Allow me to rehearse a familiar scenario. We all know that which ends you have has something to do with what you ought to do. If Ronnie is keen on dancing but Bradley can’t stand it, then the fact that there will be dancing at the party tonight affects what Ronnie and Bradley ought to do in different ways. In short, (HI) you ought, if you have the end, to take the means. But now trouble looms: what if you have (...) dreadful, murderous ends? Ought you to take the means to them? Seemingly not. But fortunately, an assumption made by deontic logics1 comes to the rescue. Since ‘‘ought’’, according to this assumption, is a sentential operator, HI must really be ambiguous. It could be read either as (Narrow) You have the end ! O(you take the means) or as (Wide) O(you have the end ! you take the means). Now if Narrow is true, then you really ought to take the means to your murderous ends. But this doesn’t follow from Wide. All that follows from Wide is that you ought to either take the means to these ends or else give them up. Conclusions: (1) Since HI is on some reading true, but Narrow isn’t, Wide is true. (2) Wide accounts for the relationship between your ends and what you ought to do. This elegant scenario repeats itself in many other domains in which it seems like something can have a bearing on what some particular agent ought to do. Does what you know affect what you ought to do? Do your beliefs about what you ought to do affect what you ought to do? Do your promises affect what you ought to do? Do your beliefs affect what you ought to believe? On each of these counts, the intuitive answer is ‘‘yes’’. And so each of these questions leaves something for the moral philosopher or the epistemologist to investigate. On each count, it seems that what we all know, is that (Account) you ought, if p, to do A. But on each count, the Narrow-scope reading of the ‘‘ought’’ in this claim yields unintuitive consequences. So since Account is true, it must be true on the Wide-scope reading.. (shrink)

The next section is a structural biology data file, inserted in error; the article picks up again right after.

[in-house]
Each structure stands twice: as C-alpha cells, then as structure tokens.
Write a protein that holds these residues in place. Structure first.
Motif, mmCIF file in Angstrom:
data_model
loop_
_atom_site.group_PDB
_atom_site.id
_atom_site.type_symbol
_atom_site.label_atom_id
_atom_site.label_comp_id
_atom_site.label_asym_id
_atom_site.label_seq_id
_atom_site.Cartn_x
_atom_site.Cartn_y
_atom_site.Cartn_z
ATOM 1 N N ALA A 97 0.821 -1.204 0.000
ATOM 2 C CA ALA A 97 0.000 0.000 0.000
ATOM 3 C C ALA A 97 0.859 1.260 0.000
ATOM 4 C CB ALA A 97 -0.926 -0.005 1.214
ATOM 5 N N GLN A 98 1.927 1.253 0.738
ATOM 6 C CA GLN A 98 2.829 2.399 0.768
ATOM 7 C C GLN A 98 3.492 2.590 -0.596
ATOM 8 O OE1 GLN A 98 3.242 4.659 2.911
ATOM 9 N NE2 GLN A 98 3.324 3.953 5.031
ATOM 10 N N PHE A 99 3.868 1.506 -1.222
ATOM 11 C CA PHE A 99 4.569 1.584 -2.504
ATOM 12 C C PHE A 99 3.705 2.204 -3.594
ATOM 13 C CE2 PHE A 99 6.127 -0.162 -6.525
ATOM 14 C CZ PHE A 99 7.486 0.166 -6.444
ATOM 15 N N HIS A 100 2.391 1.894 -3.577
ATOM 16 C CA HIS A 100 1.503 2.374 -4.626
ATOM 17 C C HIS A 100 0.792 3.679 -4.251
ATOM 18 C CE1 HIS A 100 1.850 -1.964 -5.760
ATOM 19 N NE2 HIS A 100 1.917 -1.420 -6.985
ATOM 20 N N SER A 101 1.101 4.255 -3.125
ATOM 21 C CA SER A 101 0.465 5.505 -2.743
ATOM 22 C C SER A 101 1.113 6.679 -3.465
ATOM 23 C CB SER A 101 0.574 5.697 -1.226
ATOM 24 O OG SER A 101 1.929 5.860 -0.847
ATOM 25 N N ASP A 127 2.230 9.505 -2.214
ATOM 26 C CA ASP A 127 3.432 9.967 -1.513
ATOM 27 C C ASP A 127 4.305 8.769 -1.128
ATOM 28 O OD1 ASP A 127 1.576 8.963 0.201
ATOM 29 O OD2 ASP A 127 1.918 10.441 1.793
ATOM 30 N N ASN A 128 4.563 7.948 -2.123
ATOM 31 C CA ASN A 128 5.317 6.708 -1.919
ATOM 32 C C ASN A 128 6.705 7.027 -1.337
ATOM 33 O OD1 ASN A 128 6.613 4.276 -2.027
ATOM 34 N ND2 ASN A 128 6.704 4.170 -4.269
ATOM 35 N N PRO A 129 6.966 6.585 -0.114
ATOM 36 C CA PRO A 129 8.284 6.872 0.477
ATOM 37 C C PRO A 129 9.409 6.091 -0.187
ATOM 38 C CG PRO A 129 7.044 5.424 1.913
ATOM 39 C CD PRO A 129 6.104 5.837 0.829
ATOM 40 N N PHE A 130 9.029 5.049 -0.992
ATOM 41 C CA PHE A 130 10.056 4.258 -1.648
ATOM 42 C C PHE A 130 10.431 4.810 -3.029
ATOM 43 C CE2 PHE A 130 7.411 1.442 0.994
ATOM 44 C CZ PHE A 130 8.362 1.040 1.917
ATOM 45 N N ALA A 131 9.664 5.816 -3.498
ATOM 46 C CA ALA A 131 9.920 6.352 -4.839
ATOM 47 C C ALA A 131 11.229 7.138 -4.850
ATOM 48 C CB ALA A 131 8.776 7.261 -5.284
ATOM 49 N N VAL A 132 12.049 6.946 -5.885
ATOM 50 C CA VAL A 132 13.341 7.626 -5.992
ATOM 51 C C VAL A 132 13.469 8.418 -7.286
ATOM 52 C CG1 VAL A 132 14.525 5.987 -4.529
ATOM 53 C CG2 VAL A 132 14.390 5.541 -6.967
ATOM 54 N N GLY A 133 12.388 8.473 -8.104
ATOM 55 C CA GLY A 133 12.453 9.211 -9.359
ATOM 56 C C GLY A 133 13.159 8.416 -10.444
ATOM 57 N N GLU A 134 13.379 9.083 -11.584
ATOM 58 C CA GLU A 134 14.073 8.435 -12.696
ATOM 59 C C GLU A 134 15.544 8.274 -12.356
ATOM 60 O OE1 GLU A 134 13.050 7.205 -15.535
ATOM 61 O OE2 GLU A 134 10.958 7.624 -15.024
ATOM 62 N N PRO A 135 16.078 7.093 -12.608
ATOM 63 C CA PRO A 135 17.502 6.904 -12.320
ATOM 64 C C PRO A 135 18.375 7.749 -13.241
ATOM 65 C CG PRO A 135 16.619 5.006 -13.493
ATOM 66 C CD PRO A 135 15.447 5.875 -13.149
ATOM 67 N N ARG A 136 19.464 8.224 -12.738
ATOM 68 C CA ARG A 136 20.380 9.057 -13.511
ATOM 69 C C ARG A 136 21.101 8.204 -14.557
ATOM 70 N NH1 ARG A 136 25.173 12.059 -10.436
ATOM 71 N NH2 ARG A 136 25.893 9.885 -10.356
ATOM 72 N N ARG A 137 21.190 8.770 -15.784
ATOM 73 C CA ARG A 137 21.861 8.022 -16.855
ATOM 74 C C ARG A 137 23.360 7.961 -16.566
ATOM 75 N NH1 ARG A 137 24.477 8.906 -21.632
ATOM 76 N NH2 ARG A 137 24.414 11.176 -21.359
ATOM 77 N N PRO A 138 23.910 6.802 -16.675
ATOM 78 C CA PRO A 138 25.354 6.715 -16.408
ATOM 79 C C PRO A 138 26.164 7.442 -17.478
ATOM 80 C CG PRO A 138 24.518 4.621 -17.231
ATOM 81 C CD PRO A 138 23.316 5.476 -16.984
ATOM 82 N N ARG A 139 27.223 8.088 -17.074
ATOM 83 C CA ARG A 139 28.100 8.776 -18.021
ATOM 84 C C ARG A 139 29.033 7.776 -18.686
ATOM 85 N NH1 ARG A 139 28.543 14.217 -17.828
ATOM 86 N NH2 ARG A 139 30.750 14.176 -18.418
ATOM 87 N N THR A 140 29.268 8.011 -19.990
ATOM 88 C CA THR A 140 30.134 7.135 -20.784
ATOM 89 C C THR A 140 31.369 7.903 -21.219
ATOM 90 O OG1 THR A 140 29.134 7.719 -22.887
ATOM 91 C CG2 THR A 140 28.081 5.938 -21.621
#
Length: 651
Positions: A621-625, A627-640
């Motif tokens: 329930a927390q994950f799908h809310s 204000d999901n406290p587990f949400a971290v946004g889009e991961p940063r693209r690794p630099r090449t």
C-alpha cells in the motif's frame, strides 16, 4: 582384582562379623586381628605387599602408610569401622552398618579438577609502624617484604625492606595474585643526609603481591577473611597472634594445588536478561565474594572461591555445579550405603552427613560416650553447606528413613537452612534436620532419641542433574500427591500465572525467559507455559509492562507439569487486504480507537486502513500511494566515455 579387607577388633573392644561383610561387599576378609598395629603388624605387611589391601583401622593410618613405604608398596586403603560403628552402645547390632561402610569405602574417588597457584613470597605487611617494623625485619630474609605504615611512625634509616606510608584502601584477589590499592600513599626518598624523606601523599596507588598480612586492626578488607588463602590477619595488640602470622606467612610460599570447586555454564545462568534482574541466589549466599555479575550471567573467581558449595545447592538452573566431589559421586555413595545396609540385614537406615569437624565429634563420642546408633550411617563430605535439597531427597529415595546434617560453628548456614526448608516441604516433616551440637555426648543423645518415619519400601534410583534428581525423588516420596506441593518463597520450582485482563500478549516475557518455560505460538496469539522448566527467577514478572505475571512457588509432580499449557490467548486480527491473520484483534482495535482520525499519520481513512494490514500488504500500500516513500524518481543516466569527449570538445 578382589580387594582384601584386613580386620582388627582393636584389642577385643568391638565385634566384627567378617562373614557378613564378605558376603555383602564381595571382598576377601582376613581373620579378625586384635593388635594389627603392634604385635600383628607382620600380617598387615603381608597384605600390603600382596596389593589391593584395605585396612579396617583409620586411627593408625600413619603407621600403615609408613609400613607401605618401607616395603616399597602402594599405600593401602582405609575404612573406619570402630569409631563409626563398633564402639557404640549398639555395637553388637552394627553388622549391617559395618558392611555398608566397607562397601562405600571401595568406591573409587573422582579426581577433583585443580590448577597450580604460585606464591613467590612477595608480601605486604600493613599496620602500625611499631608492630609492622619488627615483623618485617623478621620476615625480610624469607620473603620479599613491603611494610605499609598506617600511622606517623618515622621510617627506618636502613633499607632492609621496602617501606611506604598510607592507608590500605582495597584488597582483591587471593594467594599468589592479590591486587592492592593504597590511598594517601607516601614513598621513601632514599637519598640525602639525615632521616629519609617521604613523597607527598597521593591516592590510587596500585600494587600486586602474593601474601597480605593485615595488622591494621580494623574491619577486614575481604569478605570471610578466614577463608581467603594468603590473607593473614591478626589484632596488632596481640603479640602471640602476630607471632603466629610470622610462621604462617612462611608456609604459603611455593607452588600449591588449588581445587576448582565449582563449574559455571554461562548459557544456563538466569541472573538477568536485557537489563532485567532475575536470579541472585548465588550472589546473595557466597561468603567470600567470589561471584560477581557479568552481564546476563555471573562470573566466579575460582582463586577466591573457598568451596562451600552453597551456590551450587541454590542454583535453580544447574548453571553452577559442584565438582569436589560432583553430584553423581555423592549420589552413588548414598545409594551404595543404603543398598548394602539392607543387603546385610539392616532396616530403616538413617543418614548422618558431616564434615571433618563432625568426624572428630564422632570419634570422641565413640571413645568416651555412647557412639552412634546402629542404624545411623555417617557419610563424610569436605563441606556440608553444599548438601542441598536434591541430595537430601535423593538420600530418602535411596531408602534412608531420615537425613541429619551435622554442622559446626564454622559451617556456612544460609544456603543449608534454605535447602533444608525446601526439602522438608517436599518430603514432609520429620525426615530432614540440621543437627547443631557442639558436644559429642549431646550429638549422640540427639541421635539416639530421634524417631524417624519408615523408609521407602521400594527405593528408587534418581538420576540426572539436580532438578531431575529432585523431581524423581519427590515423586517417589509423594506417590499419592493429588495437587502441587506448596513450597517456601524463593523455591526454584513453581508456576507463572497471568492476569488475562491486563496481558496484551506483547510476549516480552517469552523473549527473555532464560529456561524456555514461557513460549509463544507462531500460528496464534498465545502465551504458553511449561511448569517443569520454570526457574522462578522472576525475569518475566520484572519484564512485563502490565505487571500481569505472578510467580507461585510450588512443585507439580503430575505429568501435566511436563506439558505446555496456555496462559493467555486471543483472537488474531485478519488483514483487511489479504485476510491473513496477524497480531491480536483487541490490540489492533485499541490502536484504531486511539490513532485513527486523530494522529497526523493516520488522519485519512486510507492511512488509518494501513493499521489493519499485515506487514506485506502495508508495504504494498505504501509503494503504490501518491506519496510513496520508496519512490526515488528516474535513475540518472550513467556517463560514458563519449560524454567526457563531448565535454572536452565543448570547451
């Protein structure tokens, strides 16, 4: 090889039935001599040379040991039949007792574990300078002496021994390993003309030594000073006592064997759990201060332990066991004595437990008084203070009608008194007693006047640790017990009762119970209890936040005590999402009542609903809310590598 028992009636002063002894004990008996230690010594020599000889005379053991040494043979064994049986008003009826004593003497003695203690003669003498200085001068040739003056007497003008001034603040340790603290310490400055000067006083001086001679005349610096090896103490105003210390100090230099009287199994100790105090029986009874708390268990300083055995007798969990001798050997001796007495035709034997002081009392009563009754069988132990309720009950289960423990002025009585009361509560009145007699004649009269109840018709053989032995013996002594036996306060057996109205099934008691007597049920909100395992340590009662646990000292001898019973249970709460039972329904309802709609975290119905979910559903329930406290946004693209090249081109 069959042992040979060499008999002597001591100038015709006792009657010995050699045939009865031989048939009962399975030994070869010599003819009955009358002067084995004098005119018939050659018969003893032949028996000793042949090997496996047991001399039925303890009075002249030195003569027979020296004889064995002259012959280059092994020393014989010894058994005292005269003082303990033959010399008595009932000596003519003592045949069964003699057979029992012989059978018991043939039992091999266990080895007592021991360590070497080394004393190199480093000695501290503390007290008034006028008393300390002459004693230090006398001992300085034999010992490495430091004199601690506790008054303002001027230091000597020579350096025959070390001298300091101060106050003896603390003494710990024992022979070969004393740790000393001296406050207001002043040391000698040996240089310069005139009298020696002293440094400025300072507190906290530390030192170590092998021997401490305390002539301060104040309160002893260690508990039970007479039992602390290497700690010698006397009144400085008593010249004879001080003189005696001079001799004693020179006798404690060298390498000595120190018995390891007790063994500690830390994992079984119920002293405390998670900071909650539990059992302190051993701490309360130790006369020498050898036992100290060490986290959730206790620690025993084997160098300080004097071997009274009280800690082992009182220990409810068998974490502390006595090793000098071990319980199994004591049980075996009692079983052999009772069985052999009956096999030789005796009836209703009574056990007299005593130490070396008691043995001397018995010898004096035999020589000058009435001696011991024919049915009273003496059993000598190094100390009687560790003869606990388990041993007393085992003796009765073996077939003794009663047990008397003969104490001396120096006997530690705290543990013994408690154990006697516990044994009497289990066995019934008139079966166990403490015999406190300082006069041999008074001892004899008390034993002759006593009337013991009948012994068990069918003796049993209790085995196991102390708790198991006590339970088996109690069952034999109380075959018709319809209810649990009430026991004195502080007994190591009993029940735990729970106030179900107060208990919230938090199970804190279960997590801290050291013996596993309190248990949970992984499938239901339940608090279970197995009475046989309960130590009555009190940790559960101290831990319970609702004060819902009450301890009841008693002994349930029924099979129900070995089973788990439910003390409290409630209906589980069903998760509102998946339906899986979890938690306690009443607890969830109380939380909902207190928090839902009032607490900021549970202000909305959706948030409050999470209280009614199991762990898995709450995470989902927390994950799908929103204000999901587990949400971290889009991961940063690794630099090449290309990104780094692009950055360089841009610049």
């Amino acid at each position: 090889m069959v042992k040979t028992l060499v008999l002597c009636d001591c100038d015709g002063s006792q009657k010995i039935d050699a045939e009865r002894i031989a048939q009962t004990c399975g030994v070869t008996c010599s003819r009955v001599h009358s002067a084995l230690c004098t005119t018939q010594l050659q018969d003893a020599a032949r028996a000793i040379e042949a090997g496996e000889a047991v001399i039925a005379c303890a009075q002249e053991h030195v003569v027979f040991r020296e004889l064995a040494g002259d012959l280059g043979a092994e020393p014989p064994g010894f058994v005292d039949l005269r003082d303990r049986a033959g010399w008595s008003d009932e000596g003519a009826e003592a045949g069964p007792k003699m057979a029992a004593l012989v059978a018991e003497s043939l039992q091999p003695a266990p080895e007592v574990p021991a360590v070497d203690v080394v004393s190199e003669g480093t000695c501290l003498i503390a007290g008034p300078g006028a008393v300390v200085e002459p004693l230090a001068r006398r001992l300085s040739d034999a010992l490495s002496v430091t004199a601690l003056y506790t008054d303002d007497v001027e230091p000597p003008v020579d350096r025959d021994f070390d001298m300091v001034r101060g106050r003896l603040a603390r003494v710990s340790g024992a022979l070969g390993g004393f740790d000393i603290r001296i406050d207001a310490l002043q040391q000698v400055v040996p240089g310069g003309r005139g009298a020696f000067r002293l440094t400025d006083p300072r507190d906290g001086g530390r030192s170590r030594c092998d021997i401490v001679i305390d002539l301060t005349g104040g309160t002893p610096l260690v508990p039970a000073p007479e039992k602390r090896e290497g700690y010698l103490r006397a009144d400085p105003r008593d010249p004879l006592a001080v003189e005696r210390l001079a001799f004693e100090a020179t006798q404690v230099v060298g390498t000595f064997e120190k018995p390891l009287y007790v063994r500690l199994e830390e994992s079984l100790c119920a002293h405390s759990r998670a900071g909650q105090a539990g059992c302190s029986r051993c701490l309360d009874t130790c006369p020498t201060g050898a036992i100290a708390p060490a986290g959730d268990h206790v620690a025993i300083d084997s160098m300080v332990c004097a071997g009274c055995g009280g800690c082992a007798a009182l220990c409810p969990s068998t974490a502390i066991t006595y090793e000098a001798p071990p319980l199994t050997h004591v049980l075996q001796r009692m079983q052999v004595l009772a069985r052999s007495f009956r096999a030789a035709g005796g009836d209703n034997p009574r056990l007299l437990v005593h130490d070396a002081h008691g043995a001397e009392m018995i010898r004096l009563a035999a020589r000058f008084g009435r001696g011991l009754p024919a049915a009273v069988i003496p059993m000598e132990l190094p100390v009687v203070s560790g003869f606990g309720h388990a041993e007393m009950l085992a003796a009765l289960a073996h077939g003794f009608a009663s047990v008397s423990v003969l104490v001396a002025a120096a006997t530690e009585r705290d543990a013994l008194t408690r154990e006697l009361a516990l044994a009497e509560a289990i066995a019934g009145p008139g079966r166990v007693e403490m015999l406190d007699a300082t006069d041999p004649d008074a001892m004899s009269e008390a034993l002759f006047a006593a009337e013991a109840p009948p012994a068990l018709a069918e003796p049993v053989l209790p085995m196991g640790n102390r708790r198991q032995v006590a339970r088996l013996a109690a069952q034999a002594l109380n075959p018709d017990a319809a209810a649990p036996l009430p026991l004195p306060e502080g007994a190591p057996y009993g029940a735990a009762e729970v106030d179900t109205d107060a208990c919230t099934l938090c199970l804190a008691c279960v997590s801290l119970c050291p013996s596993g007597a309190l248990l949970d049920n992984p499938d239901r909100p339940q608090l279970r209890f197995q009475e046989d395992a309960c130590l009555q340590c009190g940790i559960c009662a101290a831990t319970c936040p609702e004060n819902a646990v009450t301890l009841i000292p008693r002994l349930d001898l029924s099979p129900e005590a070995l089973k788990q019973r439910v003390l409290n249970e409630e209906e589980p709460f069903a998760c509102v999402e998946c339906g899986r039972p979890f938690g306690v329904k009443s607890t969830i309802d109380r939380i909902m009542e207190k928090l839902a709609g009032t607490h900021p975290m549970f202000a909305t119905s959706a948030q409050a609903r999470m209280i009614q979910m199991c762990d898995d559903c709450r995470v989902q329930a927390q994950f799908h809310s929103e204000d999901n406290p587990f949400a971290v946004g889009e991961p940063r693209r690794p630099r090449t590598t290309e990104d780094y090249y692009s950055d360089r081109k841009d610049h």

In The Order of Public Reason (2011a), Gerald Gaus rejects the instrumental approach to morality as a viable account of social morality. Gaus' rejection of the instrumental approach to morality, and his own moral theory, raise important foundational questions concerning the adequate scope of instrumental morality. In this article, I address some of these questions and I argue that Gaus' rejection of the instrumental approach to morality stems primarily from a common but inadequate application of this approach. The (...) class='Hi'>scope of instrumental morality, and especially the scope of pure moral instrumentalism, is limited. The purely instrumental approach to morality can be applied fruitfully to moral philosophy only in situations of extreme pluralism in which moral reasoning is reduced to instrumental reasoning, because the members of a society do not share, as assumed by traditional moral theories, a consensus on moral ideals as a basis for the derivation of social moral rules, but only an end that they aim to reach. Based on this understanding, I develop a comprehensive two-level contractarian theory that integrates traditional morality with instrumental morality. I argue that this theory, if implemented, is most promising for securing mutually beneficial peaceful long-term cooperation in deeply pluralistic societies, as compared to cooperation in a non-moralized state of nature. (shrink)